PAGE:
The database is backed up by MongoDB. Files are backed up by AWS. We do not keep any backups of our own.
We log events on our servers, including authentication, privileged system calls and data access. Logs are sent to a centralized environment with limited access and are regularly reviewed. Sensitive logs are encrypted, protected from modification and stored for at least two years. Log events that are outside of the ordinary result in notifications for a human to inspect.
9. Administrative access
Lookback servers run on Linux without any ways to login to the server (SSH is disabled).
Personnel with access to accounts at third party providers such as AWS have individual user accounts with 2FA. We have processes in place to audit and revoke access to the systems within 24 hours of someone leaving their position at Lookback.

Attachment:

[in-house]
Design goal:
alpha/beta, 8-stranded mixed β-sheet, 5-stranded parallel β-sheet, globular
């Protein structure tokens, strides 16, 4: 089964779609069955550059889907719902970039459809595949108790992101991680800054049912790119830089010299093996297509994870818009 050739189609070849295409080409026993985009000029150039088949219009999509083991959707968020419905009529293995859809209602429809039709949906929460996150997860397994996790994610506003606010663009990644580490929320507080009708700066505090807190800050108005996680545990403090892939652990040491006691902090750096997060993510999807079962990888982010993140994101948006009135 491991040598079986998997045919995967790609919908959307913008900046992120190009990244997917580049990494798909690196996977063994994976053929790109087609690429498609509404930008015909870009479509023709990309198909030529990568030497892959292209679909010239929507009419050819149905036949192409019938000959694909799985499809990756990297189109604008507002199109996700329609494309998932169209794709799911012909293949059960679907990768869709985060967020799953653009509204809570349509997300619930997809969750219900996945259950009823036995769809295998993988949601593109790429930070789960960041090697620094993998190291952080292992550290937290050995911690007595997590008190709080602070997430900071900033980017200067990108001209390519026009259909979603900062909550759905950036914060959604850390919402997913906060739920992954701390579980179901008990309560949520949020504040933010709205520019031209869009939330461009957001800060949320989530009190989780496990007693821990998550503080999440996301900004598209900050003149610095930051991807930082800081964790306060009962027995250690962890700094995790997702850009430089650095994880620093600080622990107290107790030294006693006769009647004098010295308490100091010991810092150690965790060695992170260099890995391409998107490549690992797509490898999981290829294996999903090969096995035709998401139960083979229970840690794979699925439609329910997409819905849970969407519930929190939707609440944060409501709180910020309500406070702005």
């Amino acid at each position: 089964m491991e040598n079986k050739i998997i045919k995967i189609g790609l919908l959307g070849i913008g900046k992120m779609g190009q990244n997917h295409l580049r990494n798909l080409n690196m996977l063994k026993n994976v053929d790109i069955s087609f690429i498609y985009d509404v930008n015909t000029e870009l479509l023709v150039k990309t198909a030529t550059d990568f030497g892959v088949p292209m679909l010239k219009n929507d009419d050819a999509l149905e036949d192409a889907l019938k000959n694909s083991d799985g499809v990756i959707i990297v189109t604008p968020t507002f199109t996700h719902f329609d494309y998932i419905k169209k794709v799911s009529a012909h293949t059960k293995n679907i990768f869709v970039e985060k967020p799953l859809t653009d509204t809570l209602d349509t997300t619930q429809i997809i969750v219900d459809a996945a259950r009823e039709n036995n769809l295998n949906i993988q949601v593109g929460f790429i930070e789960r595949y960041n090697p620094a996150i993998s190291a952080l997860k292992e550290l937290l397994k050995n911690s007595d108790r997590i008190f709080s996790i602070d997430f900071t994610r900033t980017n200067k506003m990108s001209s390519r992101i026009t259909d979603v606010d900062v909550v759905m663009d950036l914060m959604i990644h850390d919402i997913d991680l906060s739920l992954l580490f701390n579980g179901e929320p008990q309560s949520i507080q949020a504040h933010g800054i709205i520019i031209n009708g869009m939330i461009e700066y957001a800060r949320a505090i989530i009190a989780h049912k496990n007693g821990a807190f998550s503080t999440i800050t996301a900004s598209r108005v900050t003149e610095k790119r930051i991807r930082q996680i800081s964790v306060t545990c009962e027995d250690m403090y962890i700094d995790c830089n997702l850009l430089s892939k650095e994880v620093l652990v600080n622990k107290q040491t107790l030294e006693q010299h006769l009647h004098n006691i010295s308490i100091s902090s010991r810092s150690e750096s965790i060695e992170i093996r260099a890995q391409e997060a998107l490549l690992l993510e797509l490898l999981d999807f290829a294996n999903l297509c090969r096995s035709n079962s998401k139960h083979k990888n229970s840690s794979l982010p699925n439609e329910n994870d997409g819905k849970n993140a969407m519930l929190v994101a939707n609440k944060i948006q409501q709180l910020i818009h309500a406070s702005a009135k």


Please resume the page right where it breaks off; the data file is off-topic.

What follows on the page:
Workstations at Lookback are registered and monitored centrally. They are configured according to a standard that includes full disk encryption, anti malware programs that are centrally managed, secure administrative passwords and screen locking that activates within a few minutes of inactivity.
Updates are installed automatically shortly after being released.
Security staff follow mailing lists to be up to date on vulnerabilities and when necessary we take action to protect our systems in case patches for new vulnerabilities haven’t been released yet.
Development is performed through a process that involves planning, co-ordination, implementation, review, testing and follow up after deployment.
The planning and co-ordination steps involves stakeholders from different departments, including security. Complex systems or complex changes are implemented by more than one developer, and/or reviewed by senior developers. Security related changes are always reviewed.